U.S. customs officials on Monday said that authorities had seized 132 domain names selling counterfeit merchandise, ranging from DVDs to NFL jerseys to auto airbags, as part of a crackdown on Internet piracy tied to Cyber Monday.
John Morton, director of Immigration and Customs Enforcement, told reporters that a concern is that counterfeiters are becoming “increasingly sophisticated,” not only with the look of their websites but in the quality of the goods themselves.
“With an increase in online shopping comes an increase in online predators,” Morton said.
Among the domain names seized was a site selling DVDs of “100 Years of Disney,” even though the studio, as Morton noted, was founded 89 years ago.
“You name it, it is being counterfeited at this point,” Morton said. “It is a huge, huge problem.”
This marks the third year that ICE has timed domain name seizures to Cyber Monday, with coordination from the National Intellectual Property Rights Coordination Center set up at the Department of Homeland Security. This year, ICE officials teamed with authorities in Belgium, the United Kingdom, Denmark, France, Romania and the European Police Office to seize the sites.
In the U.S., the crackdown, part of an ongoing effort called Operation in Our Sites, seized 101 websites and resulted in one arrest, ICE officials said. An additional 31 domain names were seized in Europe, including addresses under .eu and .be. The focus was on trademarked goods, as opposed to sites trafficking in streaming movies and file sharing, Morton said.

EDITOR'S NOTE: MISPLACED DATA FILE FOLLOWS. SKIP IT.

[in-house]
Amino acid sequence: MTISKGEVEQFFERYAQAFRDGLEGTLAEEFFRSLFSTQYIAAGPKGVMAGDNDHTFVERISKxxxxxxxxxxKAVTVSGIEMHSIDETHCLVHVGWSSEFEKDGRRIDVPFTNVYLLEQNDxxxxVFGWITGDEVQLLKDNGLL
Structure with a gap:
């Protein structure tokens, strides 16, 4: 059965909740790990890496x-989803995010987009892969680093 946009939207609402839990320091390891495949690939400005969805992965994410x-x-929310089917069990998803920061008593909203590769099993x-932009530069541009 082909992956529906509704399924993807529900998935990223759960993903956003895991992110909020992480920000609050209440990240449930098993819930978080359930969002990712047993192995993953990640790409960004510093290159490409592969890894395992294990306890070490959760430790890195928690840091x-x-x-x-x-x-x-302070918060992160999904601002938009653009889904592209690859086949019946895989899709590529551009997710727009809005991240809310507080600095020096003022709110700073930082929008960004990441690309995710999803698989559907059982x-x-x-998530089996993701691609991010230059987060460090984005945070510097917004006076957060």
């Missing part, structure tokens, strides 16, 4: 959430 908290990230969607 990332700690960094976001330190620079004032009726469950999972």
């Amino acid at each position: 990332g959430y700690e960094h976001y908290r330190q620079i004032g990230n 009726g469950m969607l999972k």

Visitors to the sites now will see a message notifying them of the seizure, as well as a warning about willful copyright infringement.
ICE officials also went after PayPal accounts used by the sites, with proceeds in excess of $175,000 being targeted. After sites were identified in undercover purchases, Justice Department officials obtained seizure orders from magistrate judges, according to ICE.
Operation In Our Sites has seized 1,630 domain names since the effort was launched in June 2010.
Of the domain names seized before the latest Cyber Monday push, 684 have been forfeited to the U.S. government. Those who have an interest in seized sites can challenge the notice of seizure in court, and can petition for additional time to contest a forfeiture.
The complete list of sites seized is after the jump: